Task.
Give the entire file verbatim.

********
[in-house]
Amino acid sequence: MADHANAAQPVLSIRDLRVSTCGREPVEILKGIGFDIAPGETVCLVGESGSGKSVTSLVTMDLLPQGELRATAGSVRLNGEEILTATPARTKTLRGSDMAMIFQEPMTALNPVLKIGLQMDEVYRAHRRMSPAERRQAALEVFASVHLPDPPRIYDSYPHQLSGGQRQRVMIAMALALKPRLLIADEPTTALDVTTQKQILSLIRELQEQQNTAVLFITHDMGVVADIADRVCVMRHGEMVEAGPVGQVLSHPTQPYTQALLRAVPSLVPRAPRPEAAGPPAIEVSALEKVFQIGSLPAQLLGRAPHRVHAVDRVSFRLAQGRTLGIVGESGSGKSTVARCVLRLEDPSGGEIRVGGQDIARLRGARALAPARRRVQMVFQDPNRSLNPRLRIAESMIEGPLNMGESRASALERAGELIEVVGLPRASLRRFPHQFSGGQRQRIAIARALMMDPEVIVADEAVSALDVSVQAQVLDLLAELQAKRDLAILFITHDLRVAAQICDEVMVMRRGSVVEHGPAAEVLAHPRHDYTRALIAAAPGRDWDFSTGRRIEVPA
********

[in-house]
Amino acid sequence: MADHANAAQPVLSIRDLRVSTCGREPVEILKGIGFDIAPGETVCLVGESGSGKSVTSLVTMDLLPQGELRATAGSVRLNGEEILTATPARTKTLRGSDMAMIFQEPMTALNPVLKIGLQMDEVYRAHRRMSPAERRQAALEVFASVHLPDPPRIYDSYPHQLSGGQRQRVMIAMALALKPRLLIADEPTTALDVTTQKQILSLIRELQEQQNTAVLFITHDMGVVADIADRVCVMRHGEMVEAGPVGQVLSHPTQPYTQALLRAVPSLVPRAPRPEAAGPPAIEVSALEKVFQIGSLPAQLLGRAPHRVHAVDRVSFRLAQGRTLGIVGESGSGKSTVARCVLRLEDPSGGEIRVGGQDIARLRGARALAPARRRVQMVFQDPNRSLNPRLRIAESMIEGPLNMGESRASALERAGELIEVVGLPRASLRRFPHQFSGGQRQRIAIARALMMDPEVIVADEAVSALDVSVQAQVLDLLAELQAKRDLAILFITHDLRVAAQICDEVMVMRRGSVVEHGPAAEVLAHPRHDYTRALIAAAPGRDWDFSTGRRIEVPA